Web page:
To Tweet or Not to Tweet, That Is the Question
Written and provided for MASSP by the attorneys at Lusk Alberston, P.C.
In the days since President Trump's Inauguration, social discourse on a host of issues – immigration, trade, great big walls, and more – seems to have reached a fever pitch, particularly on social media. Fortunate is the Facebook timeline or Twitter feed devoid of political commentary from a relative, friend, or co-worker.
Our young people have not been immune to this rhetoric. In the days following the election, stories of chanting students, (dis)organized protests, and incidents of bullying raced around the globe, offering an unflattering insight into a small, but vocal, segment of America's youth.
Cognizant of the apparent tension in our country, our students have become vocal contributors to the narrative presently being written in our country. And while our young people don't have the platform of mainstream media, they have learned – better than us old folks – how to effectively utilize and leverage social media to express political opinions.
With so much being said on social media these days and so much attention being given to political discourse, we thought it an appropriate time to offer some essential reminders about student online activities, even if occurring off-campus, and the First Amendment implications inherent in such commentary.
Students must be divorced of the notion that online activity occurring off-campus is risk-free. Quite to the contrary, schools may discipline students for online, off-campus speech, if it violates the tenets of the school's student code of conduct and there is a nexus to school activity or if it creates a "substantial disruption" of the school environment.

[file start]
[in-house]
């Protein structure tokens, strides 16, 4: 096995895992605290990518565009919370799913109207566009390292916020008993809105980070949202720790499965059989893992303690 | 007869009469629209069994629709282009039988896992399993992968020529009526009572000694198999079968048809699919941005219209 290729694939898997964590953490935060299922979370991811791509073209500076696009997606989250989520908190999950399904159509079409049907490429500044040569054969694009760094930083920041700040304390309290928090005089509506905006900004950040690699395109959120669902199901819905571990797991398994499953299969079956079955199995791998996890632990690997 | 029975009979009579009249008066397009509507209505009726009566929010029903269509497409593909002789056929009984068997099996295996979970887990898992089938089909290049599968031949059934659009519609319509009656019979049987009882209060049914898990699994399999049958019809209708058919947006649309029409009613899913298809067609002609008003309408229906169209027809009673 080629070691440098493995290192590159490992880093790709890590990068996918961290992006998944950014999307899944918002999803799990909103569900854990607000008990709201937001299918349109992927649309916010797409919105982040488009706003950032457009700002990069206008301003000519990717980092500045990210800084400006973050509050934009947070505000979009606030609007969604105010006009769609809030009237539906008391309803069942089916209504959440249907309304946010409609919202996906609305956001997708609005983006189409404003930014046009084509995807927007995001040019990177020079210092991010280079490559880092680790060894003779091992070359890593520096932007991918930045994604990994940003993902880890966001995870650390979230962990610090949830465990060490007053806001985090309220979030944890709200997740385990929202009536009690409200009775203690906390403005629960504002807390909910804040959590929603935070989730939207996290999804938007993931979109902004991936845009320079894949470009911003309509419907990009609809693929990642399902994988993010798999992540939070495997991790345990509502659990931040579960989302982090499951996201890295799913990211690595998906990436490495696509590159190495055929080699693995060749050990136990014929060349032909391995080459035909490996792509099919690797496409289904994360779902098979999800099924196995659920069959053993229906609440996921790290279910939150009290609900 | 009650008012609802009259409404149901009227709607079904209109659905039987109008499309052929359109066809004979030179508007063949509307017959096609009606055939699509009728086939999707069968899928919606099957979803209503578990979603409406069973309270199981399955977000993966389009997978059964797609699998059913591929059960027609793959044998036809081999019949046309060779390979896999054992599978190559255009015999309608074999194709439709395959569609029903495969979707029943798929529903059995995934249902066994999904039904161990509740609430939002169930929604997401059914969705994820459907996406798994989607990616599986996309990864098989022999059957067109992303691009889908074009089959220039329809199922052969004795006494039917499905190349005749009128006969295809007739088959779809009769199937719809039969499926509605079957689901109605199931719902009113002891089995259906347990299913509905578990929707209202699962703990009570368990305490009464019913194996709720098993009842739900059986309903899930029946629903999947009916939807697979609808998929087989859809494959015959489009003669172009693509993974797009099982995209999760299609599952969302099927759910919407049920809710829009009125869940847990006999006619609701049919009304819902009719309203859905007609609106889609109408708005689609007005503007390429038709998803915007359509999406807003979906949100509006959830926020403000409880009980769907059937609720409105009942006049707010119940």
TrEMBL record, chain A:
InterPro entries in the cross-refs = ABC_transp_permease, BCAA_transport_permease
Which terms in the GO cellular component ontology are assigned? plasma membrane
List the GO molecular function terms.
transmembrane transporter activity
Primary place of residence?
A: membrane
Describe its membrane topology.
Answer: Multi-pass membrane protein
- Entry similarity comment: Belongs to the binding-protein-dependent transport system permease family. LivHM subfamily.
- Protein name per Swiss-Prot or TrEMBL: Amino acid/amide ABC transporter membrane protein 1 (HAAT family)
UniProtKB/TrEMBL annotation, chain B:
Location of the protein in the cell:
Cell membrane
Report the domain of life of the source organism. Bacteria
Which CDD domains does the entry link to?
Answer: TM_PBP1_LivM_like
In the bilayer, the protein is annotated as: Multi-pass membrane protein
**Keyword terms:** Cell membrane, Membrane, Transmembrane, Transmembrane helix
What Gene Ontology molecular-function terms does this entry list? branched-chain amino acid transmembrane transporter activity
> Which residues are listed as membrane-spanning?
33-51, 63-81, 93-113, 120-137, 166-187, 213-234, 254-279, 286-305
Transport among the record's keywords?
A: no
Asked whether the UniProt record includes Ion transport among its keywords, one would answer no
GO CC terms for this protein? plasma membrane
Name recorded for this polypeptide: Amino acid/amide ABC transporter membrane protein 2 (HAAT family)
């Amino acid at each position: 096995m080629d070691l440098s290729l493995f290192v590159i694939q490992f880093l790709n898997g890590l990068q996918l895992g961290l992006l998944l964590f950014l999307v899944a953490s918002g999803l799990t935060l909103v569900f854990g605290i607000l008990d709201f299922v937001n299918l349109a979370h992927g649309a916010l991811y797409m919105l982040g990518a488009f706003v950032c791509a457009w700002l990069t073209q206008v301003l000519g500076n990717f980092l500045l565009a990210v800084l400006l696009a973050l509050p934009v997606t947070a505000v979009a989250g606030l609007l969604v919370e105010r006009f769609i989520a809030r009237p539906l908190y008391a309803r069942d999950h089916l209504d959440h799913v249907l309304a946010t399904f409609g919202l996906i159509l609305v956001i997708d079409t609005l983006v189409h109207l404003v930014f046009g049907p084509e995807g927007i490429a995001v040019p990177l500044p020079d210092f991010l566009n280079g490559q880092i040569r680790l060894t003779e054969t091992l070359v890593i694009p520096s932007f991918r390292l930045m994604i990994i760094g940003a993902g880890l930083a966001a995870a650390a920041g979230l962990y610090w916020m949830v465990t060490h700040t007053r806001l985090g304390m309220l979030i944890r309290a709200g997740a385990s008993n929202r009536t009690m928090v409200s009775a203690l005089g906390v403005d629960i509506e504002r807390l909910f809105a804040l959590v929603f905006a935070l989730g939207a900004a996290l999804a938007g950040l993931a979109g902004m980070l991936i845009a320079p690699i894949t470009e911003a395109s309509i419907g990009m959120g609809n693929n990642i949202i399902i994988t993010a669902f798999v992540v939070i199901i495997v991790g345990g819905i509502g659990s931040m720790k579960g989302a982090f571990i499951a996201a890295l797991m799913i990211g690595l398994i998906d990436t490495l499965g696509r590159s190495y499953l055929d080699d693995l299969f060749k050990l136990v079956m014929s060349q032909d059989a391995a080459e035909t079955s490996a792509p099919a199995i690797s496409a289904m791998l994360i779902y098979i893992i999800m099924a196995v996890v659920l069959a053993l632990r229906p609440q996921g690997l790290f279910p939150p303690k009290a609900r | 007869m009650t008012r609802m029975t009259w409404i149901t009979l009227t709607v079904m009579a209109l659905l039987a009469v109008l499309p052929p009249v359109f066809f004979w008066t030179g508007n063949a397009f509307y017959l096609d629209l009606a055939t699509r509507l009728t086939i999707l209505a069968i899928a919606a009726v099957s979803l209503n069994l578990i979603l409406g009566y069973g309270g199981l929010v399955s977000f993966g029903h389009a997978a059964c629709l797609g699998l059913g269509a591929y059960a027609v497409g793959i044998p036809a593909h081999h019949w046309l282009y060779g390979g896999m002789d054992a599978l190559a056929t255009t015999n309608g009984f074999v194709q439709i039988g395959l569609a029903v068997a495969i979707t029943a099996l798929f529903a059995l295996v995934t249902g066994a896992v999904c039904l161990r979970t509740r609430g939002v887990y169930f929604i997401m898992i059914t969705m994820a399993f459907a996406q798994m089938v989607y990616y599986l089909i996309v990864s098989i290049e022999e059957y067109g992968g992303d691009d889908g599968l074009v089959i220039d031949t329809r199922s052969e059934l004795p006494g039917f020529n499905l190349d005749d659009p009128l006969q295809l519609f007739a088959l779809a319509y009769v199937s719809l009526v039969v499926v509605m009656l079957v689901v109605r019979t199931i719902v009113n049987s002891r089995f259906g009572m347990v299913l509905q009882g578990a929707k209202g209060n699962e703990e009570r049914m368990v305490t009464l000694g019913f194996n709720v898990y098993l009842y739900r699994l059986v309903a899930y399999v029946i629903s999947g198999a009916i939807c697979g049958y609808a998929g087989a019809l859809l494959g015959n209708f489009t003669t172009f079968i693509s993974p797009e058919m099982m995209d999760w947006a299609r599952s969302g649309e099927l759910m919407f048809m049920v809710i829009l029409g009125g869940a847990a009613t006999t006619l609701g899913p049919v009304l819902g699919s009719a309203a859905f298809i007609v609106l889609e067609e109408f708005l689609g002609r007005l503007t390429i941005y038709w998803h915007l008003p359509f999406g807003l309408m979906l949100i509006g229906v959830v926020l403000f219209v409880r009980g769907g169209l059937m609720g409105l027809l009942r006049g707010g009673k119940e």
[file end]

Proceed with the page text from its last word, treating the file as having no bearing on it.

The "substantial disruption" concept dates back to the 1960s and the landmark case of Tinker v. Des Moines Independent Community School District. There, students wore black armbands in protest of the Vietnam War. While recognizing that students had certain First Amendment protections in the school-setting (students do not "shed their constitutional rights to freedom of speech or expression at the schoolhouse gate"), the Supreme Court nonetheless held that such protections do not afford students the right to create a "substantial disruption" of the school environment with their speech.
It's difficult to fathom that we are still talking about black armbands and Vietnam in the context of assessing the First Amendment protections of a student tweeting in 2017. But there have been multiple cases in recent years dealing with student social media activity, all of which rely on the Tinker "substantial disruption" analysis.
One recent case, Bell v. Itawamba County Schools, involved a high school student who wrote a rap song about two coaches at the high school who had allegedly been sexually harassing female students. The lyrics of the song were coarse, profane, and referenced the coaches by name. Though the song was recorded off school grounds and posted on Facebook outside of school, the courts ultimately held that the school could punish the student because his "speech" was not entitled to First Amendment protections due to the "substantial disruption" it created in the school.
It goes without saying that disciplinary decisions regarding student online commentary need to be handled on a case-by-case basis. But it is important for students – and staff – to recognize and understand that the long arm of the school's disciplinary authority may extend to tweets and posts made in the privacy of one's home, under certain circumstances. Responsible civic discourse is an important concept for students to grasp; but there are limits on just how far that discourse can go and realistic limitations to what a student can tweet, post, or message to a public audience.